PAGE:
# 6.5 Rules, Goals and Subgoals

## Introduction

A rule expresses something dynamic, i.e., something that can be computed.

This contrasts with facts, which are static.

## Rules

### Syntax

The syntax of a rule consist of three things: a head, an entails-symbol (":-"), a body, and a period (".").

Simply put:

```head :- body.
```

The head can be any kind of term except variables, lists, and numbers.

In particular, a head can be a structure, which is what you will use most often.

### Body

The body consists of a comma-separated list of subgoals. To explain what a subgoal is, we must first explain what a goal is.

## Goal

A goal is something that Prolog+CG can seek to satisfy. That is, it tries to prove that the goal is true.

We have already met goals in the form of queries. For example:

`?- is_philosopher(Peirce).`

Here, "is_philosopher(Peirce)" is a goal which Prolog+CG must prove or satisfy in order for the query to succeed.

## Subgoal

A subgoal is a goal in a rule or query. There can be more than one subgoal in a query or the body of a rule.

For example:

```CarnivoreEatsAnimal(L) :- gr(L, G),
subsume([Carnivore]<-AGNT-[Eat]-PTNT->[Animal], G).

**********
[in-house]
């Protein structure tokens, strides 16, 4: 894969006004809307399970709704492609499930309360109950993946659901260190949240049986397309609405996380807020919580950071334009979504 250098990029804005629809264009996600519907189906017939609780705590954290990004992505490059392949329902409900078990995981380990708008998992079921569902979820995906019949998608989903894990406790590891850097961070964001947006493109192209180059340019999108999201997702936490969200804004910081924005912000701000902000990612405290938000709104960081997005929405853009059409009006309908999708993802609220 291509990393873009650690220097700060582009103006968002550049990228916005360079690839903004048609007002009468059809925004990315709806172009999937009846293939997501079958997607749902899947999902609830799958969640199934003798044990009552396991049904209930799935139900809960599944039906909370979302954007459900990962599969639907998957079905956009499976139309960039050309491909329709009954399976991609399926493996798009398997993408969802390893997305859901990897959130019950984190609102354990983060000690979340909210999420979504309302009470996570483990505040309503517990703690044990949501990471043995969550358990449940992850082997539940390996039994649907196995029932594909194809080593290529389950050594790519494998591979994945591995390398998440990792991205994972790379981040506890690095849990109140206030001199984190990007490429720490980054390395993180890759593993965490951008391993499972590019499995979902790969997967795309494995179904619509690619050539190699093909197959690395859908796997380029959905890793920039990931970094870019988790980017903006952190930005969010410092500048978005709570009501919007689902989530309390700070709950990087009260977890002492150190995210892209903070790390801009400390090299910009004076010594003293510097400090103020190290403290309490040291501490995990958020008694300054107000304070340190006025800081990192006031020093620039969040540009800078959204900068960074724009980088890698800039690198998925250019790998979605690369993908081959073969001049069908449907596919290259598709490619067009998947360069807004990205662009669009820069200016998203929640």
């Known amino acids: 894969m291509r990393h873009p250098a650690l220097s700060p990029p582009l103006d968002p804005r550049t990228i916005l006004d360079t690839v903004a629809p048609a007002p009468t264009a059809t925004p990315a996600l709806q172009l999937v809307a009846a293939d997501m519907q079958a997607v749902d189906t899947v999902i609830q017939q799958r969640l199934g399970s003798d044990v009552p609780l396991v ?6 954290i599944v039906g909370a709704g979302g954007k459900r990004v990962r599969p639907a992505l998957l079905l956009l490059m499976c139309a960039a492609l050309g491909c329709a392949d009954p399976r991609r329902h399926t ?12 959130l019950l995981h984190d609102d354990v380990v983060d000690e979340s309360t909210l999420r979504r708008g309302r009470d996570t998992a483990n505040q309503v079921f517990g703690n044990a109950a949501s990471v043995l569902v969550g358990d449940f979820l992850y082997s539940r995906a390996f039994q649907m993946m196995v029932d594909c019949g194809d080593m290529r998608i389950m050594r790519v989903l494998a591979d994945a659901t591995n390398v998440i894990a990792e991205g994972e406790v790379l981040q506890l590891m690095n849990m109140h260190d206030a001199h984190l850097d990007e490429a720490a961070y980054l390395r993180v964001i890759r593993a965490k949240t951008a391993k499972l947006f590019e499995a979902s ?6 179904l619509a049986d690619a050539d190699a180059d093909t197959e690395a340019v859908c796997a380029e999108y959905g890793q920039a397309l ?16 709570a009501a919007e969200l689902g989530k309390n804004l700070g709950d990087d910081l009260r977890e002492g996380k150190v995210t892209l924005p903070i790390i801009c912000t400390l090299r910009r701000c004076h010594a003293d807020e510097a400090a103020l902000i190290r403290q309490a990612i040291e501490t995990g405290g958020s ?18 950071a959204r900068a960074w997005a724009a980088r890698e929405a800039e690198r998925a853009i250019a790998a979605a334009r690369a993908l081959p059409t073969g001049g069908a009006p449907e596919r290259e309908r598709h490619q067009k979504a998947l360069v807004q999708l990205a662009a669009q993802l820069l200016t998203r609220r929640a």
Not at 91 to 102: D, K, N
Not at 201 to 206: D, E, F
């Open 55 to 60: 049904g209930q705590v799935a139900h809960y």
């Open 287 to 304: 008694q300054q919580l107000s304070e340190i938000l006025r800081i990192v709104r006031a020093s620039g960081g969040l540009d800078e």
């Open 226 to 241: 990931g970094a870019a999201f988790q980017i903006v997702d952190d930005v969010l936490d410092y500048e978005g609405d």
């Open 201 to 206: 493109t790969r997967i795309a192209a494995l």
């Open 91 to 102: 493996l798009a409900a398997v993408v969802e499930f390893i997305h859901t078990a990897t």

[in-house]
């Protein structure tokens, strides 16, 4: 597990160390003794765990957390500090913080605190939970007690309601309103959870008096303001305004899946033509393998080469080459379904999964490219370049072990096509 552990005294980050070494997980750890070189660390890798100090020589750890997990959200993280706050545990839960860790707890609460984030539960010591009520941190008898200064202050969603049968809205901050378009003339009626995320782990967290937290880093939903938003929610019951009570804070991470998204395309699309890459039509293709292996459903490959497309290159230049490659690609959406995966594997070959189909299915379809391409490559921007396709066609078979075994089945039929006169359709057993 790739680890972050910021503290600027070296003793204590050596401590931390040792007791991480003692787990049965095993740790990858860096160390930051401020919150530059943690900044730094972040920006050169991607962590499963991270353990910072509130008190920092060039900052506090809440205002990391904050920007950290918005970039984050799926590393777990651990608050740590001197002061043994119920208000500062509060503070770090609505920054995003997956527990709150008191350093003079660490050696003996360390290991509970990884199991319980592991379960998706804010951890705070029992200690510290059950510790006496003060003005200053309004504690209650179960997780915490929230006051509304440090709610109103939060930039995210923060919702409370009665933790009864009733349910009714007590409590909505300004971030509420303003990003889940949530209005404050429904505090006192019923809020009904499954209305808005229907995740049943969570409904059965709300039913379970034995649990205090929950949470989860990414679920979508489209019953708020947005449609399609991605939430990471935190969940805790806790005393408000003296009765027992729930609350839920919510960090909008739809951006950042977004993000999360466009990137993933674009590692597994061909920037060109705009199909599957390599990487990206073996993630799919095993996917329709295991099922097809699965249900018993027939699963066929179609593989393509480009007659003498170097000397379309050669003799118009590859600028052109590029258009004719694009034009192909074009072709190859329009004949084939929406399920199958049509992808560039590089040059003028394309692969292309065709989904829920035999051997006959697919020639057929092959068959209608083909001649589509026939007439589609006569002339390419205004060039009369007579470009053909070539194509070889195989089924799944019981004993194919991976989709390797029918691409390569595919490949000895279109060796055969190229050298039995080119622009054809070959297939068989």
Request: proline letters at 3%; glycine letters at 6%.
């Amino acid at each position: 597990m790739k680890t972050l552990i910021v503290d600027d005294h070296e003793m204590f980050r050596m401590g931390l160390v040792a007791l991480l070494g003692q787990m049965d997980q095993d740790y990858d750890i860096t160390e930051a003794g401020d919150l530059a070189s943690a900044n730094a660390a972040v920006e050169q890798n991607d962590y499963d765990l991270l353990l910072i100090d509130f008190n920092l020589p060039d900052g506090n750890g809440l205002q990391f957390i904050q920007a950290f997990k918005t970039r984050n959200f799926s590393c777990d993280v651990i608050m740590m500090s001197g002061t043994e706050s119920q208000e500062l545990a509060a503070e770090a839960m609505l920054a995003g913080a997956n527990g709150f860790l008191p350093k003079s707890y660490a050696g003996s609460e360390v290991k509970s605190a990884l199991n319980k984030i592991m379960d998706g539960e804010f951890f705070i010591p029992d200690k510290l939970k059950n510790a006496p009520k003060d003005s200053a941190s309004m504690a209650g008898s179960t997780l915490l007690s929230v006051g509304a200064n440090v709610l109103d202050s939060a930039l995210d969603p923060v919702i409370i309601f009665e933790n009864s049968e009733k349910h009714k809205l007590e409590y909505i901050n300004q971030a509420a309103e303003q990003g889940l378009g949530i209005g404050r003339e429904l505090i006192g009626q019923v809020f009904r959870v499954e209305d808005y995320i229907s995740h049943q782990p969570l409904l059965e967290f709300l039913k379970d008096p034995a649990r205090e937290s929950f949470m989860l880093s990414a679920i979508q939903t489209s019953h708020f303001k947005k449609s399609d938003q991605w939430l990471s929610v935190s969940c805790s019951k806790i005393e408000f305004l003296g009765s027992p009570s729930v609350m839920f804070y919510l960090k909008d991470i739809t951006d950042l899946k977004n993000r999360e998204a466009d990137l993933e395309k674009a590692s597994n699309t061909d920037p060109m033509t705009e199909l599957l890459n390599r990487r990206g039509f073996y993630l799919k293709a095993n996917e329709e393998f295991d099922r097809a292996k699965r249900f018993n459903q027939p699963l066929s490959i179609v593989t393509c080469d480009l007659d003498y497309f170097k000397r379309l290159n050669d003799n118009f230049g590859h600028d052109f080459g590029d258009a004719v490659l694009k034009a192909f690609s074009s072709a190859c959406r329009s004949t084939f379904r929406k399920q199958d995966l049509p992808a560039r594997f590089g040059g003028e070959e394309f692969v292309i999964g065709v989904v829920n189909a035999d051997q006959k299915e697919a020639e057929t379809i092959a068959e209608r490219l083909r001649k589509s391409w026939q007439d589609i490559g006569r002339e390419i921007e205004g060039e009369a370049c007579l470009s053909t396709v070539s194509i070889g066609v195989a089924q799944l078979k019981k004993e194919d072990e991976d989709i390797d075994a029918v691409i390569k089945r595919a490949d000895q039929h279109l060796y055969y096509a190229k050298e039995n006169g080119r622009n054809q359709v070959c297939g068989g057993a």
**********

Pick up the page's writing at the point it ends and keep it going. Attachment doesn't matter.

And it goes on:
```

Here, the body of the rule consists of two subgoals:

• `gr(L, G)`
• `subsume([Carnivore]<-AGNT-[Eat]-PTNT->[Animal], G)`

## Satisfying rules

The head of the rule can be "satisfied" or "proved" if the body of the rule can be "satisfied" or proved.

The body of the rule can be "satisfied" or "proved" if all of its subgoals can be "satisfied" or proved. This is done in the order in which they are listed.

## Summary

Thus a rule consists of a head, an "entails" symbol, a body, and a period.

The head can be proved if the body can be proved. The body can be proved if all its subgoals can be proved, in the order in which they are listed.

A subgoal is a goal in a rule or query. A goal is something that Prolog+CG will seek to satisfy or prove.

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